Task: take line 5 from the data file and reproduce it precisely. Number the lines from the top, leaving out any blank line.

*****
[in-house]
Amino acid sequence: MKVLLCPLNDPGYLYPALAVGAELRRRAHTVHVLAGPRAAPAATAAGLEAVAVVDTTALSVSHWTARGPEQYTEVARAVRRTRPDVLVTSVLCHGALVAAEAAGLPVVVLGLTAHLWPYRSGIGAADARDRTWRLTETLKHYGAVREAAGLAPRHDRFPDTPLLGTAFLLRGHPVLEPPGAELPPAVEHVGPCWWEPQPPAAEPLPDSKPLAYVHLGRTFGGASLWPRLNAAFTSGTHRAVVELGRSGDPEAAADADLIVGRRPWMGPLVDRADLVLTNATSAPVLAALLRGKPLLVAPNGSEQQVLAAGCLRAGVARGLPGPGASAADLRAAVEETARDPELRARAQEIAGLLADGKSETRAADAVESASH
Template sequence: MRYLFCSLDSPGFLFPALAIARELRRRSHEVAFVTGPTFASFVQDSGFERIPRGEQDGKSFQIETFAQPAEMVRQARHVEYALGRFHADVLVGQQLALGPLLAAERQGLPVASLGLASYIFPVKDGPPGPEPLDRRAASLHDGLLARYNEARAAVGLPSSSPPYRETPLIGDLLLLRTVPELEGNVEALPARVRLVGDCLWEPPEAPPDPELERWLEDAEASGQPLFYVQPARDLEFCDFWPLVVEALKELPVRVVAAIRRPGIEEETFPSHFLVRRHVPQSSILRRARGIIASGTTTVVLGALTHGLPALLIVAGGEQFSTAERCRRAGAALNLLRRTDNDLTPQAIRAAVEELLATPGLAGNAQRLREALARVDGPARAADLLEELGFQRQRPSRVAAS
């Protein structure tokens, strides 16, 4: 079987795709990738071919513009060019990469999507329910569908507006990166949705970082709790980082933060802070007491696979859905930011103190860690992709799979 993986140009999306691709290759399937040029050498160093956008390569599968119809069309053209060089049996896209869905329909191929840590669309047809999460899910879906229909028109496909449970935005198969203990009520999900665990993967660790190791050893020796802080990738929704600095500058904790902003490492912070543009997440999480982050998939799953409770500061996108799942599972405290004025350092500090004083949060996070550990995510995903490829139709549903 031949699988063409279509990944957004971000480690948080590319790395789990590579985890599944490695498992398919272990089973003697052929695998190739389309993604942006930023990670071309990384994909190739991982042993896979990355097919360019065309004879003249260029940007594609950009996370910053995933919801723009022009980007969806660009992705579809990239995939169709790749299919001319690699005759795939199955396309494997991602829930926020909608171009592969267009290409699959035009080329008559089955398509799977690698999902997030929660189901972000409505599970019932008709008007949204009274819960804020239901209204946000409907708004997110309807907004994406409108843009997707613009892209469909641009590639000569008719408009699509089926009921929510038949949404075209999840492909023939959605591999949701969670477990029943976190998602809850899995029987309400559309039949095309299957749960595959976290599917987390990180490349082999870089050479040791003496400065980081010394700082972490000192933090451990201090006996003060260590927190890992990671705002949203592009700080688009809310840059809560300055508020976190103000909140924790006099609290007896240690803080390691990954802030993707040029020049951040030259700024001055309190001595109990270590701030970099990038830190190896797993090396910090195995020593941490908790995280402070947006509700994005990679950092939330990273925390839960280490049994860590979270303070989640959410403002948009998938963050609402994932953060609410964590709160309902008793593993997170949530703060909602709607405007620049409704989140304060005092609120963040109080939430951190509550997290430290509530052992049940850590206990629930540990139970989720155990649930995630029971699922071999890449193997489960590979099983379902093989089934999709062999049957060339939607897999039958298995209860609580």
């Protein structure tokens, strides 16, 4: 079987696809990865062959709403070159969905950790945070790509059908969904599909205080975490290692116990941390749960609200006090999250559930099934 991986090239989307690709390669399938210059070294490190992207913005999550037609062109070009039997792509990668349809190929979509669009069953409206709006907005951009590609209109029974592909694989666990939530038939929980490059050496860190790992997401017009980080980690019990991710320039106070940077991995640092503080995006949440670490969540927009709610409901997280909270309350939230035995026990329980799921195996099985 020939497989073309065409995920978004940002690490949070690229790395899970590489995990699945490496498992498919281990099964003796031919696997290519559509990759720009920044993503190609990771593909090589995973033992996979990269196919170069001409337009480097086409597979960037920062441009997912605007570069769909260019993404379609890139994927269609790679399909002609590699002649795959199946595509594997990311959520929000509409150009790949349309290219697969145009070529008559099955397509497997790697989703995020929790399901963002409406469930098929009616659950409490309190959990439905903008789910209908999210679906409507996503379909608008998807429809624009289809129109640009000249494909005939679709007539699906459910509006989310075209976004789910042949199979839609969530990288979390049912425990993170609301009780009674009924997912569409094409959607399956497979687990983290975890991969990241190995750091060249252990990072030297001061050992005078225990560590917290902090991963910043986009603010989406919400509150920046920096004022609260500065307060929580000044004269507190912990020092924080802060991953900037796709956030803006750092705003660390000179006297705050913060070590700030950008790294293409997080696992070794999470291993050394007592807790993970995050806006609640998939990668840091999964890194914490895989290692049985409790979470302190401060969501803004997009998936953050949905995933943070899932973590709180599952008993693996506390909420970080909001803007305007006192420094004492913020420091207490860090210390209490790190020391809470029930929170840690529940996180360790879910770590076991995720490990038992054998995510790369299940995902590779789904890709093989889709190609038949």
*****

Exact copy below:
């Protein structure tokens, strides 16, 4: 079987696809990865062959709403070159969905950790945070790509059908969904599909205080975490290692116990941390749960609200006090999250559930099934 991986090239989307690709390669399938210059070294490190992207913005999550037609062109070009039997792509990668349809190929979509669009069953409206709006907005951009590609209109029974592909694989666990939530038939929980490059050496860190790992997401017009980080980690019990991710320039106070940077991995640092503080995006949440670490969540927009709610409901997280909270309350939230035995026990329980799921195996099985 020939497989073309065409995920978004940002690490949070690229790395899970590489995990699945490496498992498919281990099964003796031919696997290519559509990759720009920044993503190609990771593909090589995973033992996979990269196919170069001409337009480097086409597979960037920062441009997912605007570069769909260019993404379609890139994927269609790679399909002609590699002649795959199946595509594997990311959520929000509409150009790949349309290219697969145009070529008559099955397509497997790697989703995020929790399901963002409406469930098929009616659950409490309190959990439905903008789910209908999210679906409507996503379909608008998807429809624009289809129109640009000249494909005939679709007539699906459910509006989310075209976004789910042949199979839609969530990288979390049912425990993170609301009780009674009924997912569409094409959607399956497979687990983290975890991969990241190995750091060249252990990072030297001061050992005078225990560590917290902090991963910043986009603010989406919400509150920046920096004022609260500065307060929580000044004269507190912990020092924080802060991953900037796709956030803006750092705003660390000179006297705050913060070590700030950008790294293409997080696992070794999470291993050394007592807790993970995050806006609640998939990668840091999964890194914490895989290692049985409790979470302190401060969501803004997009998936953050949905995933943070899932973590709180599952008993693996506390909420970080909001803007305007006192420094004492913020420091207490860090210390209490790190020391809470029930929170840690529940996180360790879910770590076991995720490990038992054998995510790369299940995902590779789904890709093989889709190609038949």